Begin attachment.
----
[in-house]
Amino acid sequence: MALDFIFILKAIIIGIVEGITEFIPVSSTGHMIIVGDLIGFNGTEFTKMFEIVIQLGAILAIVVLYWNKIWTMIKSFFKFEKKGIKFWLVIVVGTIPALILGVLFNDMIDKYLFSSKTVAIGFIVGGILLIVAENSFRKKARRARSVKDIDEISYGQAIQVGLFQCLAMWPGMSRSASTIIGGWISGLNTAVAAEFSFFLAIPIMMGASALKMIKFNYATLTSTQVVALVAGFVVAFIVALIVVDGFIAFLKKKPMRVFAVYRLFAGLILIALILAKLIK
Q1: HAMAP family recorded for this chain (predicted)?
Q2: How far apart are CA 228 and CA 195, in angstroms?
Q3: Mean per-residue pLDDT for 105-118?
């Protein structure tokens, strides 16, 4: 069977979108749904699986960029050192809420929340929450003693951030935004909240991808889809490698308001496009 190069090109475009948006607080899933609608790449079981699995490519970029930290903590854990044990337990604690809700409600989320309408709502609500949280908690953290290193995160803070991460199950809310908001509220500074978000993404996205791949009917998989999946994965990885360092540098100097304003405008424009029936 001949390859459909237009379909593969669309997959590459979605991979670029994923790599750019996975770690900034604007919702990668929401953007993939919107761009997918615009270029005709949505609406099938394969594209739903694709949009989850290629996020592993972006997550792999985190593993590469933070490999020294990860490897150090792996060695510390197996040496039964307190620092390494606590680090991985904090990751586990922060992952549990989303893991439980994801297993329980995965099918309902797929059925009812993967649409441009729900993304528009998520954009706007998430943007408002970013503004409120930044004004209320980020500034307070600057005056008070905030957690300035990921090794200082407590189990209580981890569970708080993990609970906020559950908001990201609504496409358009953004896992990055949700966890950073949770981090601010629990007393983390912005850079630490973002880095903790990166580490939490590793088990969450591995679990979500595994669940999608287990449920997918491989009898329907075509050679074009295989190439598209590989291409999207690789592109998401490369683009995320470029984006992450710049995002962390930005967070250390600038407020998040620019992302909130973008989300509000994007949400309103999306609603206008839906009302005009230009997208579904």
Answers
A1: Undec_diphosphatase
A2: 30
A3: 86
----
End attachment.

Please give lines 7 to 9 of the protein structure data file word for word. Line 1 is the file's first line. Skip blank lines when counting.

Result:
Answers
A1: Undec_diphosphatase
A2: 30